I probably composed a 2,000-word post in my head earlier this evening as I drove home in tears – and now I’m having a hard time putting together a sentence! My eyes are burning, I’m exhausted, nauseous, and I wish I could run off to a deserted island until February.
It was this time last year that really marked the final decline for Mom. We’d hit a low point in September, but then she came back just a bit – enough to give us some hope. That, however, didn’t last long.
Detour Ahead – or Not
Over the past couple of months, I’ve tried so hard not to get weighed down with sad memories and heartache. Now that November is here I think it’s catching up with me. Each day, I find my thoughts wandering to last year at this time, and to be honest, I’m not sure that continuing to push the thoughts away is the right thing to do.
All of the grief experts seem to agree that the only way to heal is to walk through the pain; they say continued attempts at taking detours will fail. I imagine it’s true; after all, it makes sense, doesn’t it? The more you try not to think about something, the more prevalent the thoughts become.
Strength, Weakness, Life, and Purpose
I want so badly to be that strong, in control, (mostly) put together person that others admire, but damn sometimes it’s hard – hell, sometimes it’s downright impossible. Today, despite my best efforts, a major meltdown ensued.
There are times when I get annoyed with myself for not being “over it” by now, but in thinking about that today I realized something.
Mom was sick for almost ten years and had most assuredly started to decline even earlier. That’s a long time to live with the fear, uncertainty, and stress that come with this disease. It’s years and years of living on edge and constantly walking on eggshells. It’s all consuming… so, no – 11 months after her passing, it doesn’t all just fade away. I guess I’m still trying to figure out what my life is, post-Alzheimer’s.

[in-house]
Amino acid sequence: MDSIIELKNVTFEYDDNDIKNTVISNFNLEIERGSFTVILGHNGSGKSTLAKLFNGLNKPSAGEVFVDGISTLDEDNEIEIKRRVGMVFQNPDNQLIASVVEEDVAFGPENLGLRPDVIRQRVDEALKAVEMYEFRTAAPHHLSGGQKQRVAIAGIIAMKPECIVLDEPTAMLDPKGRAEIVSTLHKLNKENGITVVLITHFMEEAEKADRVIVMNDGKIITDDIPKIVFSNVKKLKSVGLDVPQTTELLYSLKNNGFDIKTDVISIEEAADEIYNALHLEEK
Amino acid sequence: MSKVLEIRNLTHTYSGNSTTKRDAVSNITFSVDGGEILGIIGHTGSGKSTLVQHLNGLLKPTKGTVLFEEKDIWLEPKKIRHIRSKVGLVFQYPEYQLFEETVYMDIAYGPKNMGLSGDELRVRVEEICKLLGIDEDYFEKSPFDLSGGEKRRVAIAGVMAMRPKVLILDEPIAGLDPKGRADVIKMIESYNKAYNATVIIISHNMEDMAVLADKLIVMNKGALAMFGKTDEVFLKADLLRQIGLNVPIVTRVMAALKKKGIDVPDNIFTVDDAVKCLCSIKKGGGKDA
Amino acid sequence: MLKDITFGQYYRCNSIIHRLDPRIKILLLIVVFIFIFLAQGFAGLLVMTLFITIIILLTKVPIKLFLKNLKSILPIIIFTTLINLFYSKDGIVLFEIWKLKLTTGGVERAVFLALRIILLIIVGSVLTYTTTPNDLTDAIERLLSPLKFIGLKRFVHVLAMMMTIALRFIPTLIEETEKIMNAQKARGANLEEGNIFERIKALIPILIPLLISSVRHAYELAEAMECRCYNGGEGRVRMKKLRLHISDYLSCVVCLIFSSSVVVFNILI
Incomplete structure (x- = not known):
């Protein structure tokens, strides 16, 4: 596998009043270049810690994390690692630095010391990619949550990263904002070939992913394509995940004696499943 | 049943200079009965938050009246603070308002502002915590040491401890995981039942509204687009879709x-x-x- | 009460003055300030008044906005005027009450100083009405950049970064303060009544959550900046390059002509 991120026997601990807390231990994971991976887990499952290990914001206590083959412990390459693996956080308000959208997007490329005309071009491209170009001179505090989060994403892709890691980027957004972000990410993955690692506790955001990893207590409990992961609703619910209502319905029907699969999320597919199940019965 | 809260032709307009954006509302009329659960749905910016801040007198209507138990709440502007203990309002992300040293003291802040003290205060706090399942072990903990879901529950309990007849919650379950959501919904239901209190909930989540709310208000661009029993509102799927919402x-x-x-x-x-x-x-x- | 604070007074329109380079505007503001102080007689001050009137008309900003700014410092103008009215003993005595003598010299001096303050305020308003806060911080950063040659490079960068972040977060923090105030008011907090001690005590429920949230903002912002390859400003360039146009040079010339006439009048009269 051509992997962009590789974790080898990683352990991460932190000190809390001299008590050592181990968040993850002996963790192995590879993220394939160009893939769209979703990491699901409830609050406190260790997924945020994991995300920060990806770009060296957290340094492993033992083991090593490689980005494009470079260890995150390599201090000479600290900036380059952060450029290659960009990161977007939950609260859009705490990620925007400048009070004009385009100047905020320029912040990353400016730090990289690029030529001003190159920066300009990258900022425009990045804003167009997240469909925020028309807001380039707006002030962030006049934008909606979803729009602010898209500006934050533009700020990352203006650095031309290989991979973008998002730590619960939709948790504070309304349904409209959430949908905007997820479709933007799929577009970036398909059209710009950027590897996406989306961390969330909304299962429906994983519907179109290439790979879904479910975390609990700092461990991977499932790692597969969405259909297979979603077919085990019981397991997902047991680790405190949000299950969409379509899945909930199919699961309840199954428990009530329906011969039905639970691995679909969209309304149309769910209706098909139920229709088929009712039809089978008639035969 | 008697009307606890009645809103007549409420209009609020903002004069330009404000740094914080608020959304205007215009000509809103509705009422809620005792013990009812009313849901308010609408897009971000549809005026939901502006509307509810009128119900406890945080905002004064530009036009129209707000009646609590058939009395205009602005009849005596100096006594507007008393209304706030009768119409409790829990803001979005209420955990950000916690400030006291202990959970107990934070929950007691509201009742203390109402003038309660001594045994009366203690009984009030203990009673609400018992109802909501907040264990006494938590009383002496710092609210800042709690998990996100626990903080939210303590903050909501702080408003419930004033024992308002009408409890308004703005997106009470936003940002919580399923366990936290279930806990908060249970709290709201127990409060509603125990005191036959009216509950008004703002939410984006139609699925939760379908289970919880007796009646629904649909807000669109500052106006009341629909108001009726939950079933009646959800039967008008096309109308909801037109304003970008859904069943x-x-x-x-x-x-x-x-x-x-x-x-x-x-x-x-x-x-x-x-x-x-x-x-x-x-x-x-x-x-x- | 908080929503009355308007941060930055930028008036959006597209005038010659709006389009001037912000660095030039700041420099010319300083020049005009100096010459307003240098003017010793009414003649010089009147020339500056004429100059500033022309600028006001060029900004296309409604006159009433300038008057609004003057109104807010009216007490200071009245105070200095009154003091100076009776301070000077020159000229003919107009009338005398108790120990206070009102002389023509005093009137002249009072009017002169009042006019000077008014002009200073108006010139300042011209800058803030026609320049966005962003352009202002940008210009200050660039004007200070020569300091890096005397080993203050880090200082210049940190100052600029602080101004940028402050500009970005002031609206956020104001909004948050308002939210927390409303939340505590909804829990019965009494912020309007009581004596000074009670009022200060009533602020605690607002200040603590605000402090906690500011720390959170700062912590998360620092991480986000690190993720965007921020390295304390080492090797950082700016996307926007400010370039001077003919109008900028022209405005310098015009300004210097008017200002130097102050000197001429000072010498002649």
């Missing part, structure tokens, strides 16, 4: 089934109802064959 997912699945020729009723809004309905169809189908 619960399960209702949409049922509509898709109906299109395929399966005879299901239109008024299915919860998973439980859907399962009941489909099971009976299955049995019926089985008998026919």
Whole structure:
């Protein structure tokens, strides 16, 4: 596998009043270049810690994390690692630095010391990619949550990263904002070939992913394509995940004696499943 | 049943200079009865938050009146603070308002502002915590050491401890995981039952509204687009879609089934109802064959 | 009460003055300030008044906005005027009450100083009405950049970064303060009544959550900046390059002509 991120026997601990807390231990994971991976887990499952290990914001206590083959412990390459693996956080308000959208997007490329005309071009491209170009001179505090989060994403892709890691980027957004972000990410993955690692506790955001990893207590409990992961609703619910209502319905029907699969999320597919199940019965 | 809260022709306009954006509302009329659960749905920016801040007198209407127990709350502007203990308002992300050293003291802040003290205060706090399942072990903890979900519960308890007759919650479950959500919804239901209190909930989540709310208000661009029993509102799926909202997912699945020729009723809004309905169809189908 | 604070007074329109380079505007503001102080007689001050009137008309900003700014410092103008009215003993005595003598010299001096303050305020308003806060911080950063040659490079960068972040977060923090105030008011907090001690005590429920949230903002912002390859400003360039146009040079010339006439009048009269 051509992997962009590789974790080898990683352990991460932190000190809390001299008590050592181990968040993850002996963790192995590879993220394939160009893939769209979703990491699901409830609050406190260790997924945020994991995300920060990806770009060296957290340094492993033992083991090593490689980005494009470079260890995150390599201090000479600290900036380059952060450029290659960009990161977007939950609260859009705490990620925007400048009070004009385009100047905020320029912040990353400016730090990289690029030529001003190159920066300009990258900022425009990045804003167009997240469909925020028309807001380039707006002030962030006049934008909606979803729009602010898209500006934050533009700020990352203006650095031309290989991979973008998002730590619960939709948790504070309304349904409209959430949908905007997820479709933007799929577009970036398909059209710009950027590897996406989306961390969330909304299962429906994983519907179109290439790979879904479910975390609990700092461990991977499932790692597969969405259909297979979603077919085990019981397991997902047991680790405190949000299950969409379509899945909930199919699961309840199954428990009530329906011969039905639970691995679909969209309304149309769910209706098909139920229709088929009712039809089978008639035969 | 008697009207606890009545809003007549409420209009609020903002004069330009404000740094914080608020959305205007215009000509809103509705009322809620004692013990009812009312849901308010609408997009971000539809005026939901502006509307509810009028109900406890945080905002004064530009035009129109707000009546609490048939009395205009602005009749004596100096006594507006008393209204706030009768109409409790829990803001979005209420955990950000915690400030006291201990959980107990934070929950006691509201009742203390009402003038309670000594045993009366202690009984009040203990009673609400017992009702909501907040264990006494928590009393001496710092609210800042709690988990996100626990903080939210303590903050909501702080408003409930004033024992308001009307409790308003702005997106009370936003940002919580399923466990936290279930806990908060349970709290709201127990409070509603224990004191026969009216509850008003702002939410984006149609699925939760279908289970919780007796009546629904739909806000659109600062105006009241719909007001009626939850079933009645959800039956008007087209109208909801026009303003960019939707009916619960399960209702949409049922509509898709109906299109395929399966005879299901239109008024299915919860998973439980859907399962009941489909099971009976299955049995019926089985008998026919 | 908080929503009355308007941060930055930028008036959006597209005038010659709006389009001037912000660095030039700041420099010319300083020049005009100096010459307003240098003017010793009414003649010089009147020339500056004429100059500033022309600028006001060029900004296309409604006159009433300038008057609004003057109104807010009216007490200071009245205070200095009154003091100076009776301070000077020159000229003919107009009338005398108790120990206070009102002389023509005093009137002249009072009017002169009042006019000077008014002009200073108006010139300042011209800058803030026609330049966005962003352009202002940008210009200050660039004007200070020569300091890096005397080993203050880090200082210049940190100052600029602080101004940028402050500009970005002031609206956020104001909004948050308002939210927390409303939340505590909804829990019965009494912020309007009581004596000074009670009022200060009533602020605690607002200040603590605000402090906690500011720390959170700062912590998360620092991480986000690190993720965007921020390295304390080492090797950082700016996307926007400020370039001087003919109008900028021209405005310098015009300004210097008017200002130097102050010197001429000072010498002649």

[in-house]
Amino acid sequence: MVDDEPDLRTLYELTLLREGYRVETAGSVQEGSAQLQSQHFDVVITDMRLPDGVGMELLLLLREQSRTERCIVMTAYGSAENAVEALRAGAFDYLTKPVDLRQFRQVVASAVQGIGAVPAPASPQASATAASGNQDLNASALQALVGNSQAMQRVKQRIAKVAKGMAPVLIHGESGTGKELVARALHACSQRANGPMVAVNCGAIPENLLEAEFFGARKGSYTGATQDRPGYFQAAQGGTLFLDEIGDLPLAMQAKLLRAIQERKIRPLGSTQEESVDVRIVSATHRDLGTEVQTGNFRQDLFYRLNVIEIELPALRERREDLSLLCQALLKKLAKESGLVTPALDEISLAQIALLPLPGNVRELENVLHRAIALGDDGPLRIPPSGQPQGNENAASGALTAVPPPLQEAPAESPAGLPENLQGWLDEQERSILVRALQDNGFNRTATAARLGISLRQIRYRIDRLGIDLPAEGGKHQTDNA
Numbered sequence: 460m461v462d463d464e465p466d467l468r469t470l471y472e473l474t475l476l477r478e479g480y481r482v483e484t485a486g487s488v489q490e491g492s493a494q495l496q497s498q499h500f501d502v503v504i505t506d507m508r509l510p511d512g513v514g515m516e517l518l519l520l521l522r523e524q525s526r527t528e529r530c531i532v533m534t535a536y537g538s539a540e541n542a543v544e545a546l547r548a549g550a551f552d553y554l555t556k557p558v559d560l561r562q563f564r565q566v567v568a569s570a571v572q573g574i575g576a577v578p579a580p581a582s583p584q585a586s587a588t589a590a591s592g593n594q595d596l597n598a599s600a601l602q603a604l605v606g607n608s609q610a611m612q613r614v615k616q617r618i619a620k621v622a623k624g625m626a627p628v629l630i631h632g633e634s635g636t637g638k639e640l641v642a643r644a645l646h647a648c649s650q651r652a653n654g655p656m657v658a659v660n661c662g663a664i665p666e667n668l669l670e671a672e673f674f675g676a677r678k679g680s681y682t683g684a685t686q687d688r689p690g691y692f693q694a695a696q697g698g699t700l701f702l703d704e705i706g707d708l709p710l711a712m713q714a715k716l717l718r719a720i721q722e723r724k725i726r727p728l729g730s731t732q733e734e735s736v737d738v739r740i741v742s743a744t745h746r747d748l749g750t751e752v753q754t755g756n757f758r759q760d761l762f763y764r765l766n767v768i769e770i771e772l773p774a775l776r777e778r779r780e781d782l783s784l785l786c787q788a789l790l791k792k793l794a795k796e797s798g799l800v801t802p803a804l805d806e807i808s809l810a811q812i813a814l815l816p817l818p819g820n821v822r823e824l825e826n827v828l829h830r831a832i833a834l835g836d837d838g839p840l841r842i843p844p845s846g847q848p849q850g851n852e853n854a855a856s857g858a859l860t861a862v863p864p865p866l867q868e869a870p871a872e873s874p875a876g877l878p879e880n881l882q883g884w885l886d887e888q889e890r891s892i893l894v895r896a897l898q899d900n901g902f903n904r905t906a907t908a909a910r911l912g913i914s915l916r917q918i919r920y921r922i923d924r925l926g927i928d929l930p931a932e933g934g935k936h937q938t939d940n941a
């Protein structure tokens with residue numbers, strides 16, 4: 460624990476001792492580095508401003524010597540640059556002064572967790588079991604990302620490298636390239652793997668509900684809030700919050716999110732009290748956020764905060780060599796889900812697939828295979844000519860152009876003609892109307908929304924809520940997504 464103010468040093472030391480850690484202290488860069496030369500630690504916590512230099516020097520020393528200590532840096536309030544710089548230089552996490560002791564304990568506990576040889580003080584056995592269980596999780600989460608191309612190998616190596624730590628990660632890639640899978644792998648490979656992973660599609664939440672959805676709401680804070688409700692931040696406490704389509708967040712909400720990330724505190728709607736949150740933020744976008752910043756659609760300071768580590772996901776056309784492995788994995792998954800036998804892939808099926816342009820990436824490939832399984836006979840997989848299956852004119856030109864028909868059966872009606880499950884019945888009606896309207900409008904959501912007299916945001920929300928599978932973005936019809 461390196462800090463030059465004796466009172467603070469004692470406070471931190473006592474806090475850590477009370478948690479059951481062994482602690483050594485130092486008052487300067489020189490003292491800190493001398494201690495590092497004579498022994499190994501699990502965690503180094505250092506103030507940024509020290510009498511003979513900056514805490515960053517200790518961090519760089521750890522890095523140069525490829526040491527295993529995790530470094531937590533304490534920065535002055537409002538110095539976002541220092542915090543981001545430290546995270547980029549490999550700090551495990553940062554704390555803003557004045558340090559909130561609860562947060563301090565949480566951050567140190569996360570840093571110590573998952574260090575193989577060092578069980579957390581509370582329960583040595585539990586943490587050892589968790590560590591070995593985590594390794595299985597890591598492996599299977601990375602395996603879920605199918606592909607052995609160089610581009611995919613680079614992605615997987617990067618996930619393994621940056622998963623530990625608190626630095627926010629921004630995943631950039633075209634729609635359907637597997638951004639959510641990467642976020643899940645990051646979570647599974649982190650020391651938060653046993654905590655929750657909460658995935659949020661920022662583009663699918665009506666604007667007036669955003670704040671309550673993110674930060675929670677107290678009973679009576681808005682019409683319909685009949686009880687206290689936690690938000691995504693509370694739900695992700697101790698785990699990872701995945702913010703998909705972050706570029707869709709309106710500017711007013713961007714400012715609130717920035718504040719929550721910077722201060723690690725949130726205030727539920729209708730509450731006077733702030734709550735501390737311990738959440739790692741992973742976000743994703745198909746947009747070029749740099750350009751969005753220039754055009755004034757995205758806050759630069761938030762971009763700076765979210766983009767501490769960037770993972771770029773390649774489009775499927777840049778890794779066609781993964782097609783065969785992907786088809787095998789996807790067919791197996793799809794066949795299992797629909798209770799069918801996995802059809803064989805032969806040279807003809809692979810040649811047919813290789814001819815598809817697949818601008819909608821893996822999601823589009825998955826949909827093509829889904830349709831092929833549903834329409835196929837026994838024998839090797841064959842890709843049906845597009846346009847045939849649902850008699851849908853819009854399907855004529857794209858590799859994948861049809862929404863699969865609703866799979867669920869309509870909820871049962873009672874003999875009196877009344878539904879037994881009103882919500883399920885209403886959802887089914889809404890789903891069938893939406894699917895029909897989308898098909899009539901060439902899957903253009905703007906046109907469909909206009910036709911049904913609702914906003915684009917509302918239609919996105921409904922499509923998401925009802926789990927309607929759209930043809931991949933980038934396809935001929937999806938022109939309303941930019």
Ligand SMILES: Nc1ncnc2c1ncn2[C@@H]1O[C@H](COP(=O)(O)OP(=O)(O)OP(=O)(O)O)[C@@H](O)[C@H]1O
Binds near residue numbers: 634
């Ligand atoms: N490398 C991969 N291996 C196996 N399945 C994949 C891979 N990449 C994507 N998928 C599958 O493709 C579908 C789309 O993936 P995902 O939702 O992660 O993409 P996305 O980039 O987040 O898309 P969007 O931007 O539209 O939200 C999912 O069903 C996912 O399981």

Now more than ever, having a purpose is vital to me. The status quo just doesn’t cut it.
A Long Road
Truthfully, I don’t miss Mom any less; in fact, I think I probably miss her more now than ever. It occurred to me that I don’t even remember the last time I was able to sit and have a real conversation with her.
For my entire adult life, she was always the first person I’d call when something great happened – or when something was wrong. Whatever it was, she was there – to celebrate, to console, or to provide words of wisdom. And then as I approached my late 30’s, she wasn’t there anymore, at least not in that sense – she ceased to be my rock and I gradually became hers… or tried my best to be.
That’s what makes dementia such a unique and particularly cruel disease; you lose them over and over and over again. And oddly, you’re fooled into thinking when the end comes, you’ll be fine because you’ve been grieving for years.
One day you realize that was all a giant fallacy. The new grief – the “final” grief – is fresh and real, and it leaves you raw for a very long time.
A Word on Sympathy
In short – I don’t want any. Sympathy, that is.
One thing I’ve found in the past year or so is that the caregiving community is much larger than I could have ever fathomed. We’re a club of sorts – as I like to say, it’s a club we didn’t necessarily seek out, but here we are. I write for myself and I share in the hope that someone may read my story and feel a little less alone…
At the end of the day, that’s what it’s all about.